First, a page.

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Movie Review

Hector and The Search for Happiness

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Director: Peter Chelsom

Starring: Simon Pegg, Rosamund Pike, Toni Collette, Stellan Skarsgård Christopher Plummer

Duration: 120 minutes

Certificate 15A

1 of 2 Simon Pegg as Hector and Toni Collette as his girlfriend Clara who encourages him to travel the world in search of the meaning of happiness
Simon Pegg as Hector and Toni Collette as his girlfriend Clara who encourages him to travel the world in search of the meaning of happiness
2 of 2 Stellan Skarsgård as the wealthy businessman who shows Hector (Simon Pegg) the bright lights of Shanghai
Stellan Skarsgård as the wealthy businessman who shows Hector (Simon Pegg) the bright lights of Shanghai

Hector (Simon Pegg) is a London-based psychiatrist whose life is perfectly ordered - or so he thinks. His loving girlfriend, Clara (Rosamund Pike) works for a pharmaceutical company and dreams up nice names for new psychiatric drugs. 

Meanwhile, Hector receives his patients with all their problems, until he realises he better do something dramatically mid-life.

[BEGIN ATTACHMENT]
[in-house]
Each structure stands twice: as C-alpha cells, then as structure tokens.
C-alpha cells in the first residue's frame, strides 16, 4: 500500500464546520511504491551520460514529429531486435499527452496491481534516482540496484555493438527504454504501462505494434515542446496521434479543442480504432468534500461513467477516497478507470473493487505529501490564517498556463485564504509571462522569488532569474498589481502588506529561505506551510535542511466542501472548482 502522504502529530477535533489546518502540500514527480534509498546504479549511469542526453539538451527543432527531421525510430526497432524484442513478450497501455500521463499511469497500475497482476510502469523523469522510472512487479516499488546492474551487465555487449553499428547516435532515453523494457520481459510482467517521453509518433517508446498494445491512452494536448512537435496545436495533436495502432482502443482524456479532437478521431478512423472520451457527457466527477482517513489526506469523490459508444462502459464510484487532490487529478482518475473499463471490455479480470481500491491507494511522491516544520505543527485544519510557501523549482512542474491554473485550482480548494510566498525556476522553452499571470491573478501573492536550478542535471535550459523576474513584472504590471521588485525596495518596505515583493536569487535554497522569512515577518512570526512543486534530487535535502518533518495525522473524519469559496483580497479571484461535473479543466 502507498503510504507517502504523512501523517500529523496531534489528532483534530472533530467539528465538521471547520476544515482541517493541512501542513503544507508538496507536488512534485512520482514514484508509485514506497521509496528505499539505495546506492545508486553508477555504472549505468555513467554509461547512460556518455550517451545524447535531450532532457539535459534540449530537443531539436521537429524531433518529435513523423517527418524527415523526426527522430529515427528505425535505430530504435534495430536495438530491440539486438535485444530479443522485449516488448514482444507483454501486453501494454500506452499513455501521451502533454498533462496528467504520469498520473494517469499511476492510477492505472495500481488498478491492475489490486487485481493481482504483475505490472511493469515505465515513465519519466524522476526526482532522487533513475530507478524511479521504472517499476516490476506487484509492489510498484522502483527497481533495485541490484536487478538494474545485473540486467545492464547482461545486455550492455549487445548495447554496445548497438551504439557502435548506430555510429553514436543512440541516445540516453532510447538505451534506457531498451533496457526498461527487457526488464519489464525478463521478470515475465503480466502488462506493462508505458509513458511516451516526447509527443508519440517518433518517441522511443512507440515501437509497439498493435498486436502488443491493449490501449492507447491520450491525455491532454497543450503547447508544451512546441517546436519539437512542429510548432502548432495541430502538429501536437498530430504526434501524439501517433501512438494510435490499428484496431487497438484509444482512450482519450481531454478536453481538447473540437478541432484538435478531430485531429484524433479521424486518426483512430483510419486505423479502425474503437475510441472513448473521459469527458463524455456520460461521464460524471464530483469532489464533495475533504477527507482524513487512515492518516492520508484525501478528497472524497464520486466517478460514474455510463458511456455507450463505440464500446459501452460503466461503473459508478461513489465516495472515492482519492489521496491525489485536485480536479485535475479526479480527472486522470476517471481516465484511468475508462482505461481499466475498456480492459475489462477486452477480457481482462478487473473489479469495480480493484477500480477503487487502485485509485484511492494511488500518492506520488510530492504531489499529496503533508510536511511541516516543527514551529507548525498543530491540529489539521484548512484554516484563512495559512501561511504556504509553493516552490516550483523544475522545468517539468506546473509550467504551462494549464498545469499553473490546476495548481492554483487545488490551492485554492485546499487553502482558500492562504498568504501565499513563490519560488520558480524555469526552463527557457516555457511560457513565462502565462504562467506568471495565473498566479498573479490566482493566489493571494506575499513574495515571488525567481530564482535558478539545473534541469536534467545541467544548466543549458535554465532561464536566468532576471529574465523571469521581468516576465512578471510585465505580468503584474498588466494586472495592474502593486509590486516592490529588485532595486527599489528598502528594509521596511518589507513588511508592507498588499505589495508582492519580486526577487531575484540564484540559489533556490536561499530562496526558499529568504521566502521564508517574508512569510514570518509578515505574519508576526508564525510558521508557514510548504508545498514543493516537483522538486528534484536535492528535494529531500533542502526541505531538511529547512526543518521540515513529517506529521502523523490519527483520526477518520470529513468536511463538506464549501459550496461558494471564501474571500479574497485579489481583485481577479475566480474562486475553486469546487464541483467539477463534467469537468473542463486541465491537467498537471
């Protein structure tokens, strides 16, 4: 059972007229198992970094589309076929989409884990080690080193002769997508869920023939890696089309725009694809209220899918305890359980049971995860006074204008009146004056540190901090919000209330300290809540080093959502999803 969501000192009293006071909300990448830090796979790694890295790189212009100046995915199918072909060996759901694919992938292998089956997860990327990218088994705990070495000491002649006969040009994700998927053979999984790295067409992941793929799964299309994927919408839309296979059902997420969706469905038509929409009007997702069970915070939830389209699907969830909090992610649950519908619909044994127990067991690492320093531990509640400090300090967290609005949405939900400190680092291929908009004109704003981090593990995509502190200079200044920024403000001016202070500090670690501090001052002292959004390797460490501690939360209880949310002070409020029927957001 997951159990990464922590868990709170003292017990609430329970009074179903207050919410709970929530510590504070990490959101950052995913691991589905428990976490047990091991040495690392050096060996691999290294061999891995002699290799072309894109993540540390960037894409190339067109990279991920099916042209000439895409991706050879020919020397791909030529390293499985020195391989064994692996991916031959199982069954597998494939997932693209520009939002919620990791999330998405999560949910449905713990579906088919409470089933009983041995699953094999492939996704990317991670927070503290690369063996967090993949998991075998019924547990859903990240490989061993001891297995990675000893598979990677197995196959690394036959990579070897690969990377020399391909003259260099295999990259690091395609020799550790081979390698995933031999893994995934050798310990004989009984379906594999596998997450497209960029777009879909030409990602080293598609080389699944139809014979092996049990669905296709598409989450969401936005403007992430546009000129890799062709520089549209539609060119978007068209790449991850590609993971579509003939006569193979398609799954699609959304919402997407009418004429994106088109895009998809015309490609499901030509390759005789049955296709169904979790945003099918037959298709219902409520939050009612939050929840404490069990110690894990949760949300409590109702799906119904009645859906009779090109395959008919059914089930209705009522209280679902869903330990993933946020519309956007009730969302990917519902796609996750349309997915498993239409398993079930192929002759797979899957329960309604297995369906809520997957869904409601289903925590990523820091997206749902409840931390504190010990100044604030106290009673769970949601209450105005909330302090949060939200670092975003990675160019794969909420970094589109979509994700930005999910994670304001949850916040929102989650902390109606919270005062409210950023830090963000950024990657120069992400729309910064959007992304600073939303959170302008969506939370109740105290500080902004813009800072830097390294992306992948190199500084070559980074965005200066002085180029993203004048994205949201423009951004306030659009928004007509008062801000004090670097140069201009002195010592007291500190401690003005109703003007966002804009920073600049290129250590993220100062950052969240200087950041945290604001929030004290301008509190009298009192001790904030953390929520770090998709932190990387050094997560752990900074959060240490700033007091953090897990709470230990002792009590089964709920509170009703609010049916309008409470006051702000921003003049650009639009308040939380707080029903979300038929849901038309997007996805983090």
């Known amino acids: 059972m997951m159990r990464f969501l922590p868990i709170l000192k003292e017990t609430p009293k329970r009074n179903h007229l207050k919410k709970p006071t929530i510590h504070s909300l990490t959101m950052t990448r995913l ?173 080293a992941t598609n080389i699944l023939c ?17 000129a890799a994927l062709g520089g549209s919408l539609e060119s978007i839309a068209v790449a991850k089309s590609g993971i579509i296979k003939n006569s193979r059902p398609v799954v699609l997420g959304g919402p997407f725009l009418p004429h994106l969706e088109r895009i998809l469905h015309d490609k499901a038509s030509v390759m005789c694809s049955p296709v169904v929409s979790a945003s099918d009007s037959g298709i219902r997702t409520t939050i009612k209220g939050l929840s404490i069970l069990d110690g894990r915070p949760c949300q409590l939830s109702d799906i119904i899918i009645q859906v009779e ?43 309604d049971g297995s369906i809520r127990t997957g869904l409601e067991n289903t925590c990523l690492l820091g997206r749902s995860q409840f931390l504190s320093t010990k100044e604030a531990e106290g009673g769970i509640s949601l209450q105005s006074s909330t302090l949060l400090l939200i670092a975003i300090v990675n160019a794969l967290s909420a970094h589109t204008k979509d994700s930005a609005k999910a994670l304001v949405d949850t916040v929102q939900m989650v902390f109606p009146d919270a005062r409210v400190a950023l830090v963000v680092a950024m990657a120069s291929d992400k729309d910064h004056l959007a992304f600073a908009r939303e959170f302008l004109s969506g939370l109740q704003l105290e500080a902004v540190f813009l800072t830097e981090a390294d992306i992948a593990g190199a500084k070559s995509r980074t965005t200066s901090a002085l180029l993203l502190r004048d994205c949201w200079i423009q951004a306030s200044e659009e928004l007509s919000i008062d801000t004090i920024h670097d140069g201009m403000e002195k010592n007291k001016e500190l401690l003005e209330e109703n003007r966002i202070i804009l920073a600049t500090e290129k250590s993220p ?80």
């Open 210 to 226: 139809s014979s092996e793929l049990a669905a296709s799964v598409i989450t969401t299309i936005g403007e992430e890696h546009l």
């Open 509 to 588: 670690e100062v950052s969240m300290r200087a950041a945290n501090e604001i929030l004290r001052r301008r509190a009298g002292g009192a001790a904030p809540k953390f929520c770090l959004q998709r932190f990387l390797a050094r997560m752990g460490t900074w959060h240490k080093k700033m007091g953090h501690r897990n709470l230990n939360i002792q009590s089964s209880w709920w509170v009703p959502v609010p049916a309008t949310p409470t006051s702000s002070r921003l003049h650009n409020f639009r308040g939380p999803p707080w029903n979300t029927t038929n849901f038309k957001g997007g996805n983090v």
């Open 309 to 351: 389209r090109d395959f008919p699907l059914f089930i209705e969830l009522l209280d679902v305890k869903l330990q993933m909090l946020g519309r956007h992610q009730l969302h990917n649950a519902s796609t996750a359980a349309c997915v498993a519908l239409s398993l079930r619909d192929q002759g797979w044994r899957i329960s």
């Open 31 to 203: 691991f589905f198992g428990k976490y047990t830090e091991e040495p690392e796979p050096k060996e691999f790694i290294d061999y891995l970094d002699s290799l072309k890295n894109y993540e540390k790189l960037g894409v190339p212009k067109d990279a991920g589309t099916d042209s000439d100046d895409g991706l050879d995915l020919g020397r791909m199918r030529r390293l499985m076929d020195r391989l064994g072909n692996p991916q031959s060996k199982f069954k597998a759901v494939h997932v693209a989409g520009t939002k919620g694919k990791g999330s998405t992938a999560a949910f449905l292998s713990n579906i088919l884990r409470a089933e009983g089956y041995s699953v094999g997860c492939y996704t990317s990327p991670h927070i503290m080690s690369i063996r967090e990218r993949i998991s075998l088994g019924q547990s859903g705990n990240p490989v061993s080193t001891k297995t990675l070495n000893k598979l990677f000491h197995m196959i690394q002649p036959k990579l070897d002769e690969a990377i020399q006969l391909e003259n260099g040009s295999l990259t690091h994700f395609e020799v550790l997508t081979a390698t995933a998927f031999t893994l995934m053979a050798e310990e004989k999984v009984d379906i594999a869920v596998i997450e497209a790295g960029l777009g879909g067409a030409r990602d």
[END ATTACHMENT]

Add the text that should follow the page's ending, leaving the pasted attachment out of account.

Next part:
So, with Clara’s permission, he decides to travel solo to China and Africa to find out what makes people happy. He factors in a final stopover at LA to hook up with his old American flame, the shallow, calculating Agnes (Toni Collette). 

So what follows in this adaptation of what was originally a French novel by François Lelord is predicated on Hector being terribly apologetic and British in exotic places and tight squeezes.

It may be taking the movie too seriously to say this, but Hector and The Search for Happiness is patronisingly smug. All you need, it seems, is Brit affability to endear you instantly to all manner of Chinese and African citizens, which is surely stretching it, given the historical legacy.

The excuse that it's only a comedy doesn't alter that disquieting sense. Christopher Plummer as an LA happiness guru is just annoying. The movie is somehow not smart enough, and it's twee, like the cinematic equivalent of free hugs. File under 'mildly diverting'. And, no, not 'feel good'.

Paddy Kehoe

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